(And if you think otherwise, check your victim-blaming attitude and have a chat with your local law enforcement about the reality of crimes -  especially cybercrimes.)

Also worth a watch to show you that mob rule doesn't make the mob right, when it comes to a person's guilt or innocence, especially when it comes to what we think we see online, and again, makes us question ourselves, as a culture, as far as what we say we believe isn as justice in our constitution versus how behave when it comes to justice, especially online?

Anyway, it's back to work today, and here was a rude awakener ...

At present, we have 12 morning bus routes to Fayette County Public Schools Canceled. This is due to lack of bus drivers for two reasons - COVID and children acting out/fighting on the bus.

At last count, we had 324 people with confirmed COVID, with 70 of those being children - three people with breakthrough infections in my husband's department :/.

Yes, breakthroughs for the vaccinated are mostly milder, but still - with my husband's stroke in 2017, I worry.)

The new superintendent, Dr. Liggins, is from Texas, and is used to a district that demanded schools reopen early, during the original lockdown, and is trying to keep them open here due to similar demand.

Here, however, it's not just Trumpers that created the backlash previously (although we had those, too, standing outside the new Central Office, ranting about having to wear masks, and some recently carrying rifles and guns).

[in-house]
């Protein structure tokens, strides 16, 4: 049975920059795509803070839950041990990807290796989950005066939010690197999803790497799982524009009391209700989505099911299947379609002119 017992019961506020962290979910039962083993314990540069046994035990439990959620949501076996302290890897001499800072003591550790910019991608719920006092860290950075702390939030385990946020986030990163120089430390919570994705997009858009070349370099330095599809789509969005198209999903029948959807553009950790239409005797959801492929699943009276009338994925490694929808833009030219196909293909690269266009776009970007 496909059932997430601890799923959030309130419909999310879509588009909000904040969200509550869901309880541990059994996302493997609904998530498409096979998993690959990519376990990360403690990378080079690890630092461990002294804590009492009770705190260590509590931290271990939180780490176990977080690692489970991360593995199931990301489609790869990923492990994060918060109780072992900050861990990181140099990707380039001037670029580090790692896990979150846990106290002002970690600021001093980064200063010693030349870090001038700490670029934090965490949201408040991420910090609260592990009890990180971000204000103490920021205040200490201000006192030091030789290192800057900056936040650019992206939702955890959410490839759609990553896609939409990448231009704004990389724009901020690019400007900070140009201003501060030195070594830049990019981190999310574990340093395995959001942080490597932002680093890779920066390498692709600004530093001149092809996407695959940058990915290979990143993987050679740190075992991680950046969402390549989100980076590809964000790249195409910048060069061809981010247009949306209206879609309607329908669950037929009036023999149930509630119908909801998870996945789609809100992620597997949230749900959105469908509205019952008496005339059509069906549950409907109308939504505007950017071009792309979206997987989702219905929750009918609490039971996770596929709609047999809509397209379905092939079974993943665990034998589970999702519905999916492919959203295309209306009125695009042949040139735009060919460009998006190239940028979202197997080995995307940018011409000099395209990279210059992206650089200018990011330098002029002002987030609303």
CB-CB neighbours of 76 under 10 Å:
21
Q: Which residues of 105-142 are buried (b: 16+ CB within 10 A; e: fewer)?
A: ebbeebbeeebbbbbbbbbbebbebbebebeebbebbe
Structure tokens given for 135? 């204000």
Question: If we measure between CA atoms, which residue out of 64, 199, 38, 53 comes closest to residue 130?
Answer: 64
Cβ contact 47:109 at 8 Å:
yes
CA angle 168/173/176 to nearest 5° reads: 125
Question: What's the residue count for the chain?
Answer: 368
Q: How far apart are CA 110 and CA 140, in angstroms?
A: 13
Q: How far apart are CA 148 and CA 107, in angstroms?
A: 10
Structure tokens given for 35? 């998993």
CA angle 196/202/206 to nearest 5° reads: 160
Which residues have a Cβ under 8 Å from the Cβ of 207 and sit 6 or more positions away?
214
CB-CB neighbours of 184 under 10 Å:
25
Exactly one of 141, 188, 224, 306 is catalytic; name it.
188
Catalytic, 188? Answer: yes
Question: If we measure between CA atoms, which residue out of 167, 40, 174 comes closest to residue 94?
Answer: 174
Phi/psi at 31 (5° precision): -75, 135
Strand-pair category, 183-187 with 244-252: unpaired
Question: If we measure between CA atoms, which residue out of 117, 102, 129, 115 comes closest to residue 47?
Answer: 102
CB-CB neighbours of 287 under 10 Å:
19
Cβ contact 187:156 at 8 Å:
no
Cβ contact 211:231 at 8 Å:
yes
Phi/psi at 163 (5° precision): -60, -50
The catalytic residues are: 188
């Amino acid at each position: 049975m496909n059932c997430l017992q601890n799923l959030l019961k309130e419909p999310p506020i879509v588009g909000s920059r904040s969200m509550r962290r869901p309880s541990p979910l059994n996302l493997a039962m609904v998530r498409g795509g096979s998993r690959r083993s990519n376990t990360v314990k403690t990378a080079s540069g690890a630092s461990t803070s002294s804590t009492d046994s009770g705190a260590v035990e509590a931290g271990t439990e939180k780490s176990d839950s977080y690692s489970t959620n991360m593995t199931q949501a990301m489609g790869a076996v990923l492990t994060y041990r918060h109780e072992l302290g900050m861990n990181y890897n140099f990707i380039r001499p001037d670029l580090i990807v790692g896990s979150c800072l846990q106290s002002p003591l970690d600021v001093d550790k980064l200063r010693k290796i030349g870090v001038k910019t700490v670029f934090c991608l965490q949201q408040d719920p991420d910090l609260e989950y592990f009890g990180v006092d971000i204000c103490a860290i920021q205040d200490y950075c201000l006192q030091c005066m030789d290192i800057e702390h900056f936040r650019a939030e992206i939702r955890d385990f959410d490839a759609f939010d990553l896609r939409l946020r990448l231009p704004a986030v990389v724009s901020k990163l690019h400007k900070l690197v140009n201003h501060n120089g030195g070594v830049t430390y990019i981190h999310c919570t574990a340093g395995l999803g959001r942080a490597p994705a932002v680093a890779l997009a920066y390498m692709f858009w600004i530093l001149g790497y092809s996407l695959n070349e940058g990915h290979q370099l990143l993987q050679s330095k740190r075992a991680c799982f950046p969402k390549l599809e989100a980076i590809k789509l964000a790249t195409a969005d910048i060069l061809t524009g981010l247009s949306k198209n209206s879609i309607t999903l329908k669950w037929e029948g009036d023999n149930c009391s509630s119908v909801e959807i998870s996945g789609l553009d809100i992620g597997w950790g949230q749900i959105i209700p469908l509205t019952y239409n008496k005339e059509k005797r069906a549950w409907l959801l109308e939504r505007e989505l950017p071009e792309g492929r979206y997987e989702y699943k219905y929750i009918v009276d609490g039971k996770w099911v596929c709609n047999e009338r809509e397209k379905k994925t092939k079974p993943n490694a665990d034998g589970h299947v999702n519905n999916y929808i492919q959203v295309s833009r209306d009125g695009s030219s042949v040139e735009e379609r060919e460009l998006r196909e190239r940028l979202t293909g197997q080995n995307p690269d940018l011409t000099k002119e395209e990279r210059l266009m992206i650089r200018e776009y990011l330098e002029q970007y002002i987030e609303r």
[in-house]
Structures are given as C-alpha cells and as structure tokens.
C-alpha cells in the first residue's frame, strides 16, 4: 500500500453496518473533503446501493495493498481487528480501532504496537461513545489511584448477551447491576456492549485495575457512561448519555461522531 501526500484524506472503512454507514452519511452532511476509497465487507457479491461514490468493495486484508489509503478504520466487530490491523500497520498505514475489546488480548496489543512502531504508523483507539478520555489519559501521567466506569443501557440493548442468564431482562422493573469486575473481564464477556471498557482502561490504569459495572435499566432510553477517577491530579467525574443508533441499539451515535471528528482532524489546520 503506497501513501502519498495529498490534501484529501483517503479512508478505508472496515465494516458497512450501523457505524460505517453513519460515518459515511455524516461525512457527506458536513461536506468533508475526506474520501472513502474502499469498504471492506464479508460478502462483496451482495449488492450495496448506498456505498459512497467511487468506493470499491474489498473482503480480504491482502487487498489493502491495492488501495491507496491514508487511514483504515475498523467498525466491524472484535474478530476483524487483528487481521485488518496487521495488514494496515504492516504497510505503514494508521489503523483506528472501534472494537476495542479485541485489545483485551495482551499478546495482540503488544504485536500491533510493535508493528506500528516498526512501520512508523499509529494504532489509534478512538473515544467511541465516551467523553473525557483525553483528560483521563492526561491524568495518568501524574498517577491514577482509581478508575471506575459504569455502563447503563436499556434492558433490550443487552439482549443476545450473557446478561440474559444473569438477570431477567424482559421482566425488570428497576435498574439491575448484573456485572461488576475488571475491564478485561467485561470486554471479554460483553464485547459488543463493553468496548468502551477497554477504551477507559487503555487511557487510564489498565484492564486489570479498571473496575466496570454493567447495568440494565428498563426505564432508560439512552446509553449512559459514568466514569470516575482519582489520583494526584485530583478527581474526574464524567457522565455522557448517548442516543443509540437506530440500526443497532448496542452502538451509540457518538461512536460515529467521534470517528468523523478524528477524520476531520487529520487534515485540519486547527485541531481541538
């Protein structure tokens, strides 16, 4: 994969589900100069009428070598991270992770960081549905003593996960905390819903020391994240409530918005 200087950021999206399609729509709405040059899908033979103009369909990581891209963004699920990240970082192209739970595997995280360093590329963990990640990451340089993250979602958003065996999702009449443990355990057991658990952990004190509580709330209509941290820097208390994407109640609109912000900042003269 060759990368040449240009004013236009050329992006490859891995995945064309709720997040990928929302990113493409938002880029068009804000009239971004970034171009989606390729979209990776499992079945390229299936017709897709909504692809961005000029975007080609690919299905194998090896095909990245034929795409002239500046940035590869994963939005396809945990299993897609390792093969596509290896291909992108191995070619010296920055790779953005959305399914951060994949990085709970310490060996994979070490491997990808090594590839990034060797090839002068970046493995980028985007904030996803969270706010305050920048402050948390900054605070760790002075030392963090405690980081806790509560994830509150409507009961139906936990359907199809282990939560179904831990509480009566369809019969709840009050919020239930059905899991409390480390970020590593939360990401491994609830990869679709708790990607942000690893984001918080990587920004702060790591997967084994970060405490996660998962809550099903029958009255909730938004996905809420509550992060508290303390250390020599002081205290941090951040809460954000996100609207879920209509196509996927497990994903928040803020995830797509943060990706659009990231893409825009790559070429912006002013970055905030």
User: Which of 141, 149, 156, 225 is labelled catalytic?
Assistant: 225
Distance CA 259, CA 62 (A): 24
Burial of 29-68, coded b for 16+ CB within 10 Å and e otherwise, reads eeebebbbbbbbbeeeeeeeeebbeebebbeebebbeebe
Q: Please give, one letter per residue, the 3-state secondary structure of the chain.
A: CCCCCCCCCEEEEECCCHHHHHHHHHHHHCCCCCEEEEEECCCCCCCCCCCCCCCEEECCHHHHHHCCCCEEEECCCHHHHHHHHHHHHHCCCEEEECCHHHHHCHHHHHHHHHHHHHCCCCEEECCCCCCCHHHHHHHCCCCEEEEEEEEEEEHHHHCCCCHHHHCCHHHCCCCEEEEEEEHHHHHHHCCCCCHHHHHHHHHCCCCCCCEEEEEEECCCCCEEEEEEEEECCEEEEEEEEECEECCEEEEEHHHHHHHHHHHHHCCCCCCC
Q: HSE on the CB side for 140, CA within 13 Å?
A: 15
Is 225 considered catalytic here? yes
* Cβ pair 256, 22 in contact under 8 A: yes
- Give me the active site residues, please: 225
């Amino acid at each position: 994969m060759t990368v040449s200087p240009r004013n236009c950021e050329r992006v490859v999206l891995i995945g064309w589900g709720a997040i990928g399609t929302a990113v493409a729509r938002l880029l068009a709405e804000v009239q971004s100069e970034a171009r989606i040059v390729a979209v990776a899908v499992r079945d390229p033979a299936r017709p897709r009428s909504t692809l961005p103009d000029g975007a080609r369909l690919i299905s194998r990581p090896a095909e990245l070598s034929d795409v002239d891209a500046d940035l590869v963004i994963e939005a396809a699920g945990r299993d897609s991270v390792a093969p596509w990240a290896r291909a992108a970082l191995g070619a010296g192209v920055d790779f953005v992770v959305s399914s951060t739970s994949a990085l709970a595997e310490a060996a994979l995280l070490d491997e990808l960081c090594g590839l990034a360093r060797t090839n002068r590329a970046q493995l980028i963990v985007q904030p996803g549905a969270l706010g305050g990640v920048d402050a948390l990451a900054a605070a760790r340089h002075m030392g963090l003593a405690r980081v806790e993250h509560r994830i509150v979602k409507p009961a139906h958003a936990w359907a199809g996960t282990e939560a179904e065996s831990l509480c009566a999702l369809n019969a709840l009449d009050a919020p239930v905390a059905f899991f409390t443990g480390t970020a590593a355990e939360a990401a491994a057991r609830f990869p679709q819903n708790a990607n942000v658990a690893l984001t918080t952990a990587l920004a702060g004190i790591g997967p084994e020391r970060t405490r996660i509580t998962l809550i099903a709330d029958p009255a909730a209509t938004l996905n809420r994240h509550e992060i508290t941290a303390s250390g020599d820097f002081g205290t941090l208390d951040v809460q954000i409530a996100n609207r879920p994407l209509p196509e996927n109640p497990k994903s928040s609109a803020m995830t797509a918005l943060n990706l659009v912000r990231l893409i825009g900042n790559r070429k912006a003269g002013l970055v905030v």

Also the backlash also came from poorer parents, who had no childcare and could not afford to pay for child care or be home to home school their children due to work.

(I don't think people realize the rules are stricter for people with menial jobs - no, you don't get to leave work to drive your kids to and from school or soccer practice and your 15-minute and 30-minute breaks are clocked in and clocked out, if you even really get them.)

Honestly, if I still had a school-age child, and wasn't working from home, I don't know what I would do, so I feel for those upset parents :/

However, what I'm 100% certain I would NOT do is  - instead of going to work -  stand outside the new Central Office to protest mask mandates, all day, with my children, carrying a rifle or gun (this picture was taken before the gun-toters showed up).

Because first of all, I'm a mask believer (at least offering some protection) and secondly, the only person there I understand being there at all is a disabled person, for whom wearing masks/getting assistance with masks is difficult (but then again, the solution to that problem is not NOT wearing a mask at all, but getting assistance with it or virtual learning for now).

Everyone else has no excuse for missing work and involving their children in a selfish protest. 

Honestly, are that bored or over-privileged, that wear a piece of cloth over their nose and mouth to protect them/ their children from a contagious virus is worst thing to ever happen to them or their community?

Again, ask yourselves - "What's the worst that can happen if I wear a mask?" 

And then "What's the worst that can happen if I don't wear a mask?"

True, there is a chance you could still get COVID either way, but at least a mask offers some barrier for protection?